What does the pain and disappointment of loving or liking someone who’s feelings are not reciprocated look like? Look no further than the classic tale Cyrano. Based on the stage musical adaption of Edmond Rostand’s 1897 verse drama Cyrano de Bergerac, Peter Dinklage reprises his role that he played on stage in 2018.
For those unfamiliar with the the tale or its subject, Savinien de Cyrano de Bergerac was a French author and playwright whose work was rooted in being devoid of most moral principles, responsibility, and/or sexual restraints during the first half of the 17th century. Oh yeah, and there was that nose which loomed larger than life itself. Rostand’s verse immortalized the rebel painting him as an incurable romanticist who yearned for the love of one woman, Roxanne (Haley Bennett), whose affection lies with Christian (Kelvin Harrison, Jr.). It’s a tale that begs the question of have you ever loved someone madly and what did you do about it?
Fresh off of Game of Thrones, Dinklage owns every single engaging moment, sans prosthetic nose, giving audiences dulcet deep tones with oodles of charisma along the way. With Dinklage in the title role, audiences will be moved and reminded how much superficial importance society places how looks and how is is the heart and compassion of an individual that should matter the most. After watching Kelvin Harrison, Jr. in a variety of films over the past few years (Luce, Waves, Monster), it was nice to see him as the romantic lead devoid of angst and revealing more of his amazing artistic range. I kinda loved that Haley Bennett was not the classic brown or blonde-haired beauty associated with Roxanne, but would’ve loved to have seen Emmy winnder Jasmine Cephas Jones revive her stage performance for the screen. Monica Dolan as Marie was thoroughly entertaining and had me giggling out loud.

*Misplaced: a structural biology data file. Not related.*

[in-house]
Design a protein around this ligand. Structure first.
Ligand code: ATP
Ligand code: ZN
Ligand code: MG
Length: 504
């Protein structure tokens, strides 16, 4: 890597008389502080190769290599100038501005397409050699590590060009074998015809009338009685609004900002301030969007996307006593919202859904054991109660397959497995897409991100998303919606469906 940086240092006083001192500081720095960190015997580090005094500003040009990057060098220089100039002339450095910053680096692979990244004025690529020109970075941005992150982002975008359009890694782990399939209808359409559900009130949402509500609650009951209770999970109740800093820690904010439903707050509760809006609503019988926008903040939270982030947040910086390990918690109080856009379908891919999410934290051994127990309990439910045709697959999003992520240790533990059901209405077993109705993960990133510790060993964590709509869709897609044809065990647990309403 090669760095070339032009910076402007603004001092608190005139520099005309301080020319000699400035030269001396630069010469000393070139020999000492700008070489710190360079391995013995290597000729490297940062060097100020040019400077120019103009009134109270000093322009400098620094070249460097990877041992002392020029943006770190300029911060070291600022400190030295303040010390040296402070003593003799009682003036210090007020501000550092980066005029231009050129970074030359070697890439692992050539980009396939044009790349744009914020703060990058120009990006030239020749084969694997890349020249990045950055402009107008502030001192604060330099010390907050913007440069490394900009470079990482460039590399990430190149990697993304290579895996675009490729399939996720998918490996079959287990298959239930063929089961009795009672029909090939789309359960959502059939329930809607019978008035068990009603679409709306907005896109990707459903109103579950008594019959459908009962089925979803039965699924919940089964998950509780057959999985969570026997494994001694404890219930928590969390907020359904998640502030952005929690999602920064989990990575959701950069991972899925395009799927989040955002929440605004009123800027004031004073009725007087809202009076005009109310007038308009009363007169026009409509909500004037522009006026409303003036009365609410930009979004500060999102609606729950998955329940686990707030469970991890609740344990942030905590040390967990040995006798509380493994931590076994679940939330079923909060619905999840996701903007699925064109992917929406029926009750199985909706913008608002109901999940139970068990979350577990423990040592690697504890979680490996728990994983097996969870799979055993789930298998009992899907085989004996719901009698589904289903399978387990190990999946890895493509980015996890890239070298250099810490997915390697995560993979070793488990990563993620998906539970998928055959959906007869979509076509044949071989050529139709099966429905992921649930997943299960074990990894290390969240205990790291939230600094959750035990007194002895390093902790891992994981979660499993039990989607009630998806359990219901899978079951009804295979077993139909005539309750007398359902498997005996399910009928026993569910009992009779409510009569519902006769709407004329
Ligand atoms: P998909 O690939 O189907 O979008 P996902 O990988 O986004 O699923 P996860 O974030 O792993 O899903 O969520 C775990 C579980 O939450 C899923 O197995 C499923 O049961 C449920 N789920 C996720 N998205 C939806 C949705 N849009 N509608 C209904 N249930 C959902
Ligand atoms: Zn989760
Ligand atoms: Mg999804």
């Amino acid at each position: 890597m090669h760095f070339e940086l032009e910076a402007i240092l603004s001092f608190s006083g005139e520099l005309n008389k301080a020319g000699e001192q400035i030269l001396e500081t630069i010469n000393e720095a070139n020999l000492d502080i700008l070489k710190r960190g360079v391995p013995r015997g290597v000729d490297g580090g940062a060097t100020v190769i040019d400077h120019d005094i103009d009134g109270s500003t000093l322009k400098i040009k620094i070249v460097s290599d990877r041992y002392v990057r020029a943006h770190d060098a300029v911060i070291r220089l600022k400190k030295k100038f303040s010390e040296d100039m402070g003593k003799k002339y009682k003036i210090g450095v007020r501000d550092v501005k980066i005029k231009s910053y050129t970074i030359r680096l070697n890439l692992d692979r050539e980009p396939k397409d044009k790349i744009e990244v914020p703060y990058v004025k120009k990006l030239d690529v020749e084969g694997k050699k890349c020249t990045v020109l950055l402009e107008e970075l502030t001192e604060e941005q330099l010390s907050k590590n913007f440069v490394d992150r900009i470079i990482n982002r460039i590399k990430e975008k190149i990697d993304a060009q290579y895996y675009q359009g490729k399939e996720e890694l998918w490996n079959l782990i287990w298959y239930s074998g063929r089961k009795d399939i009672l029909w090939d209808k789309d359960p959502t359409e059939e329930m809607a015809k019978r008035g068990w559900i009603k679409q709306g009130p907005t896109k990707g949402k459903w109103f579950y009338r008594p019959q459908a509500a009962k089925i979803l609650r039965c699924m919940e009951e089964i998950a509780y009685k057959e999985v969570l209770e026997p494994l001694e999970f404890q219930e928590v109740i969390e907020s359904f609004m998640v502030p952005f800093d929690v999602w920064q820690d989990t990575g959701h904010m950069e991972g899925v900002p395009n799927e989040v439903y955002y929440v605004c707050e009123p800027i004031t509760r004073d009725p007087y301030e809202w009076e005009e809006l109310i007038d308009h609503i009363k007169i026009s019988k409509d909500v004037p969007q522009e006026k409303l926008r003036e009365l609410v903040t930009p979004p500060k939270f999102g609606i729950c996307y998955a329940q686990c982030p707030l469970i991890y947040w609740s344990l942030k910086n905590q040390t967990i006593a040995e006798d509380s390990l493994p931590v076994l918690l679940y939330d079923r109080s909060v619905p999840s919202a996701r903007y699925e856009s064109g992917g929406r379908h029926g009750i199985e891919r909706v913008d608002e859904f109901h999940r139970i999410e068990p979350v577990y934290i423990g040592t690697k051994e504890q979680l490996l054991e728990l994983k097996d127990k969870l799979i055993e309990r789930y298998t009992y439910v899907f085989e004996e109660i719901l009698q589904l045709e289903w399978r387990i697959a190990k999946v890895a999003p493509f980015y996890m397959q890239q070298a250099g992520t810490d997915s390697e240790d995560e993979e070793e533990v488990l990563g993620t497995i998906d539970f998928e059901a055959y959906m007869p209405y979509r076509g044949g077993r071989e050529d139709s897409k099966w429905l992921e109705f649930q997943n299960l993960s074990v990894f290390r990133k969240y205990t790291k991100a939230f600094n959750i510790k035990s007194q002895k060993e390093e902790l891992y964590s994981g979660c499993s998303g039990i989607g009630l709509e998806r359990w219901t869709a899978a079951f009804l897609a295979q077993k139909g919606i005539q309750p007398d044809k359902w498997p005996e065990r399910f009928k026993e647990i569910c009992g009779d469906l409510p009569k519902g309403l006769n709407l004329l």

When the fast and furious opening scene with Marie, complete with some spectacular dueling choreography, one becomes very excited in anticipation of what is to come next. However, the pacing becomes a bit laborious and the score repetitive after a few songs here and there. My favorite musical moment occurs as the men are having letters collected to send off to loved ones knowing they will not make it out alive as they sing, “Heaven is where I fall…have you ever loved someone madly.” Having said that the production, costume, set and make-up design is absolutely beautiful so kudos to Sarah Greenwood, Massimo Cantini Parrini, Alessandro Bertolazzi and Sian Miller.
Often with these classics, we often watch an all white cast spinning the tales. It has been refreshing to see filmmakers like Joel Coen (The Tragedy of Macbeth) and Cyrano’s Joe Wright reach outside the norm in their casting and methodology with sharing these stories. What a perfect end to wrap up the cinematic landscape for 2021. This film Produced by Bron, MGM and United Artists, Cyrano hit theaters on December 31st.